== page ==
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This week's full moon will be blue -- sort of

This month's full moon is a "blue" one by one definition, but not according to the traditional definition of a blue moon.

The moon will be full at 6:43 a.m. Friday, so it will be at its brightest in our night sky Thursday night into Friday morning. July's full moon is known as the Buck Moon or the Thunder Moon.

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Because it is the second full moon this month -- the first was July 1 -- it can be considered a blue moon under the modern definition of the term. That definition can be traced to a Sky and Telescope magazine article from 1946, a children's almanac in 1985, and the game Trivial Pursuit, according to EarthSky.org.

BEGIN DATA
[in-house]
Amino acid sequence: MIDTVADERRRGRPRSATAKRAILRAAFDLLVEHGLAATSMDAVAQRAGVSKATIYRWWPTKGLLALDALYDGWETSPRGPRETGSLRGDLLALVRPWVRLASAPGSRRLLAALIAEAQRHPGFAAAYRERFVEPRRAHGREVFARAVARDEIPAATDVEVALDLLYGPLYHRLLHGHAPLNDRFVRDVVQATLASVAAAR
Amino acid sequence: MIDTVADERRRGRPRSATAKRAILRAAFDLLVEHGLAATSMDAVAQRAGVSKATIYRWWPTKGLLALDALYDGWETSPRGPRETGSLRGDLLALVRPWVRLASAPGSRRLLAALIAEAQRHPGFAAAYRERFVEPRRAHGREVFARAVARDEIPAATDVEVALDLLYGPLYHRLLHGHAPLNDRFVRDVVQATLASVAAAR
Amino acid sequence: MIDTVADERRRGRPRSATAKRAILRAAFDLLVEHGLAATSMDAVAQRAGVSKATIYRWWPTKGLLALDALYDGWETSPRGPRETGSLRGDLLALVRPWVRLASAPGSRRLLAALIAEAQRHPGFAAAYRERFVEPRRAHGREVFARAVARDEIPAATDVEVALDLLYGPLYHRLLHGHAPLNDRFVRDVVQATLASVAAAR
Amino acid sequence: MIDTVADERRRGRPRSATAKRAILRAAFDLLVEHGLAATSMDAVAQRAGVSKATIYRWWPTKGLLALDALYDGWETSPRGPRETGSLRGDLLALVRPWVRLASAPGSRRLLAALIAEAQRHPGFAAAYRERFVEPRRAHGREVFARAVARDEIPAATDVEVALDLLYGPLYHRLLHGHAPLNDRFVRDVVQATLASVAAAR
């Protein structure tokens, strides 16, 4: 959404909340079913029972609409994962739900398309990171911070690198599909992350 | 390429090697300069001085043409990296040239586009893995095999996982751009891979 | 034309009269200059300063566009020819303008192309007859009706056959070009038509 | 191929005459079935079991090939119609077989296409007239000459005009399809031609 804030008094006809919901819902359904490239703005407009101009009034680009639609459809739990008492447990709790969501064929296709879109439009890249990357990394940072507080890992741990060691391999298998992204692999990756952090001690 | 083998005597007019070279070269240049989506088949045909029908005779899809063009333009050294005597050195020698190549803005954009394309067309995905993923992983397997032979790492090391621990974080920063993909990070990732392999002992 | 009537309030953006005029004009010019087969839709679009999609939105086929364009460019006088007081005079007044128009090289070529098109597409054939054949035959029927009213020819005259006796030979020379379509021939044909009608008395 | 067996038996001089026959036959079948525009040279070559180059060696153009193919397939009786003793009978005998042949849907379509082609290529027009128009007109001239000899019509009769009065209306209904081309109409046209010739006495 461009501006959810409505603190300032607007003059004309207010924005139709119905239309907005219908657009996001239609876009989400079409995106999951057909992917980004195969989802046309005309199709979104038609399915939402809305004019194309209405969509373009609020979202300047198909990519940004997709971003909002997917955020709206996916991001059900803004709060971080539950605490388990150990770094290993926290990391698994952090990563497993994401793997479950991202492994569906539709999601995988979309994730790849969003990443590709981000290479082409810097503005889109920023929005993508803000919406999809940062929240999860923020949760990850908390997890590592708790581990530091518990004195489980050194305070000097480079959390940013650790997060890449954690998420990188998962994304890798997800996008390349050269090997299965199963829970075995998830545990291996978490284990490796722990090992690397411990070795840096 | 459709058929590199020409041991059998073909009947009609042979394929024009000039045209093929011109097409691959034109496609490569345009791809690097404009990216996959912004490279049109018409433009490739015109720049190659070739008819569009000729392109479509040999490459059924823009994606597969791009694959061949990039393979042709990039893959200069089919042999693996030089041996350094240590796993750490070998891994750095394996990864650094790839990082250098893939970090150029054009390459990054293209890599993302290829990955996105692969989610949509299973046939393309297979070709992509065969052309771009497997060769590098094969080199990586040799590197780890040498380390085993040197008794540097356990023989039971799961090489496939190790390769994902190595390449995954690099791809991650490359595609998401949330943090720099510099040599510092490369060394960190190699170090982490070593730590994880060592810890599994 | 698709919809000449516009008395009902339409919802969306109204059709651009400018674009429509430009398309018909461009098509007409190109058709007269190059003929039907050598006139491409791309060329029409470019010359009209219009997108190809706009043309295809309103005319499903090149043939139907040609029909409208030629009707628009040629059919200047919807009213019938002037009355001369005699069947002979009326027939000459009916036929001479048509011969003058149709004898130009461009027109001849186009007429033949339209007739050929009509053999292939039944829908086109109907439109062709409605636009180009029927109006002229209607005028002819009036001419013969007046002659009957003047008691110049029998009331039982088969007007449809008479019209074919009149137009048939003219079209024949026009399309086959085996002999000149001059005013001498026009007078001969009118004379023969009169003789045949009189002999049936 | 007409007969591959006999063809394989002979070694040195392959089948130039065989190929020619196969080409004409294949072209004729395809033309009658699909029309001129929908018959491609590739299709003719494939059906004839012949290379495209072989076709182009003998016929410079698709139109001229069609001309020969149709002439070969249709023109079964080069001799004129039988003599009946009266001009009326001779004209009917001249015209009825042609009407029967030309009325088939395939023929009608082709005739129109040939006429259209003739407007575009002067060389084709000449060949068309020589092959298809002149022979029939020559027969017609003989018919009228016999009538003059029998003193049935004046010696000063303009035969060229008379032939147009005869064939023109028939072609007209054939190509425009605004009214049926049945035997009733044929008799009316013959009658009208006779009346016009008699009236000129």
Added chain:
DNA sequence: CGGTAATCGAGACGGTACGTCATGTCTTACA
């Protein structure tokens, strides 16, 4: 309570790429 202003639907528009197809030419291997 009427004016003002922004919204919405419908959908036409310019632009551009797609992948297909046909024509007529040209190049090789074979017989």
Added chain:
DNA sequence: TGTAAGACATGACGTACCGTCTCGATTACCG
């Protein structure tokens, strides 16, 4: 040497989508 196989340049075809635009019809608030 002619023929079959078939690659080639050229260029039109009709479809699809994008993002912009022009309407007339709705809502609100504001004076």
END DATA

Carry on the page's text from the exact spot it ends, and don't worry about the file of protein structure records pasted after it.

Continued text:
But the traditional definition was always the third full moon in a season that contained four full moons. A normal season contains three full moons, of course, each with a name appropriate for the time of year. (In July, thunder is common, of course, and it's also when bucks often begin to grow antlers.) So when a fourth full moon appears in a season, it disrupts those naming conventions.

Friday is an inopportune time for a full moon in one sense because it will outshine the Delta Aquarid meteor shower, which peaks in late July. But the timing also means the moon will be a thin crescent by the time the more dramatic Perseid meteors peak Aug. 11 and 12. 

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